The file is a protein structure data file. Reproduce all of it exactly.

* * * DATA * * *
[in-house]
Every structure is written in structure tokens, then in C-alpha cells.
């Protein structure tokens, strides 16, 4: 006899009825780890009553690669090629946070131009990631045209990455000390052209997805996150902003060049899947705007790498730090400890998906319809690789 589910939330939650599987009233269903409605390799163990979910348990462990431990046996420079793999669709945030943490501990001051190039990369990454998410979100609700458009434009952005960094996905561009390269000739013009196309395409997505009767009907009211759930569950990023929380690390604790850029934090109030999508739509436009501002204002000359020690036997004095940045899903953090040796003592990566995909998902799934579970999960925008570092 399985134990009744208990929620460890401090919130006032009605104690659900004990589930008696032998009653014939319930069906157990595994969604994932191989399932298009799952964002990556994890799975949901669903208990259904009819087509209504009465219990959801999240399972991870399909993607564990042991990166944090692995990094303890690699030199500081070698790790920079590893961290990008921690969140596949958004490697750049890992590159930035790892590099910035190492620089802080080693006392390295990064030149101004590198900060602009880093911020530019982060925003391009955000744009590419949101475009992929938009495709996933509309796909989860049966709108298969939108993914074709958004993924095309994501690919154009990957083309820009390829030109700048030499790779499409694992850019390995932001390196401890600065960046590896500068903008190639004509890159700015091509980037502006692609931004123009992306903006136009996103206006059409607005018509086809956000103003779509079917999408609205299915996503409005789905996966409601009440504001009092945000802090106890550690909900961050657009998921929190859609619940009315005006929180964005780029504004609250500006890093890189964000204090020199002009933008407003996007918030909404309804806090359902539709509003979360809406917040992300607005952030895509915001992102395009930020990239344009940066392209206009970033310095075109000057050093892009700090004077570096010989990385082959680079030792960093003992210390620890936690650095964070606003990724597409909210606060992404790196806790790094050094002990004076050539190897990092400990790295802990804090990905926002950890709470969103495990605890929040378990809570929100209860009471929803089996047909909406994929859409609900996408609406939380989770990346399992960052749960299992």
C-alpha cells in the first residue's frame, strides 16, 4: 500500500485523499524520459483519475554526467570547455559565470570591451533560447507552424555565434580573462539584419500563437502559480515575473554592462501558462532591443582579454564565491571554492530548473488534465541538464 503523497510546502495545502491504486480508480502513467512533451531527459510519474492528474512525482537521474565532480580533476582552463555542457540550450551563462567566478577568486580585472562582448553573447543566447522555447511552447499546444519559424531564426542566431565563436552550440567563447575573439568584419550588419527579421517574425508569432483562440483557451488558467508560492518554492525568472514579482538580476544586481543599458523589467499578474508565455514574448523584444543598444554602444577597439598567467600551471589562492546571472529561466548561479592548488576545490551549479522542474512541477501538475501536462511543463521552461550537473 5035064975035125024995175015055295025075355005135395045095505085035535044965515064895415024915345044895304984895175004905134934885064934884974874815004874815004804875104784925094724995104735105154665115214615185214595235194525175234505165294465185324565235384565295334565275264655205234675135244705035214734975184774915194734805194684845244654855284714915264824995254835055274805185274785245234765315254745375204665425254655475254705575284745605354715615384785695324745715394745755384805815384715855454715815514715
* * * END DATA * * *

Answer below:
[in-house]
Every structure is written in structure tokens, then in C-alpha cells.
């Protein structure tokens, strides 16, 4: 006899009825780890009553690669090629946070131009990631045209990455000390052209997805996150902003060049899947705007790498730090400890998906319809690789 589910939330939650599987009233269903409605390799163990979910348990462990431990046996420079793999669709945030943490501990001051190039990369990454998410979100609700458009434009952005960094996905561009390269000739013009196309395409997505009767009907009211759930569950990023929380690390604790850029934090109030999508739509436009501002204002000359020690036997004095940045899903953090040796003592990566995909998902799934579970999960925008570092 399985134990009744208990929620460890401090919130006032009605104690659900004990589930008696032998009653014939319930069906157990595994969604994932191989399932298009799952964002990556994890799975949901669903208990259904009819087509209504009465219990959801999240399972991870399909993607564990042991990166944090692995990094303890690699030199500081070698790790920079590893961290990008921690969140596949958004490697750049890992590159930035790892590099910035190492620089802080080693006392390295990064030149101004590198900060602009880093911020530019982060925003391009955000744009590419949101475009992929938009495709996933509309796909989860049966709108298969939108993914074709958004993924095309994501690919154009990957083309820009390829030109700048030499790779499409694992850019390995932001390196401890600065960046590896500068903008190639004509890159700015091509980037502006692609931004123009992306903006136009996103206006059409607005018509086809956000103003779509079917999408609205299915996503409005789905996966409601009440504001009092945000802090106890550690909900961050657009998921929190859609619940009315005006929180964005780029504004609250500006890093890189964000204090020199002009933008407003996007918030909404309804806090359902539709509003979360809406917040992300607005952030895509915001992102395009930020990239344009940066392209206009970033310095075109000057050093892009700090004077570096010989990385082959680079030792960093003992210390620890936690650095964070606003990724597409909210606060992404790196806790790094050094002990004076050539190897990092400990790295802990804090990905926002950890709470969103495990605890929040378990809570929100209860009471929803089996047909909406994929859409609900996408609406939380989770990346399992960052749960299992």
C-alpha cells in the first residue's frame, strides 16, 4: 500500500485523499524520459483519475554526467570547455559565470570591451533560447507552424555565434580573462539584419500563437502559480515575473554592462501558462532591443582579454564565491571554492530548473488534465541538464 503523497510546502495545502491504486480508480502513467512533451531527459510519474492528474512525482537521474565532480580533476582552463555542457540550450551563462567566478577568486580585472562582448553573447543566447522555447511552447499546444519559424531564426542566431565563436552550440567563447575573439568584419550588419527579421517574425508569432483562440483557451488558467508560492518554492525568472514579482538580476544586481543599458523589467499578474508565455514574448523584444543598444554602444577597439598567467600551471589562492546571472529561466548561479592548488576545490551549479522542474512541477501538475501536462511543463521552461550537473 5035064975035125024995175015055295025075355005135395045095505085035535044965515064895415024915345044895304984895175004905134934885064934884974874815004874815004804875104784925094724995104735105154665115214615185214595235194525175234505165294465185324565235384565295334565275264655205234675135244705035214734975184774915194734805194684845244654855284714915264824995254835055274805185274785245234765315254745375204665425254655475254705575284745605354715615384785695324745715394745755384805815384715855454715815514715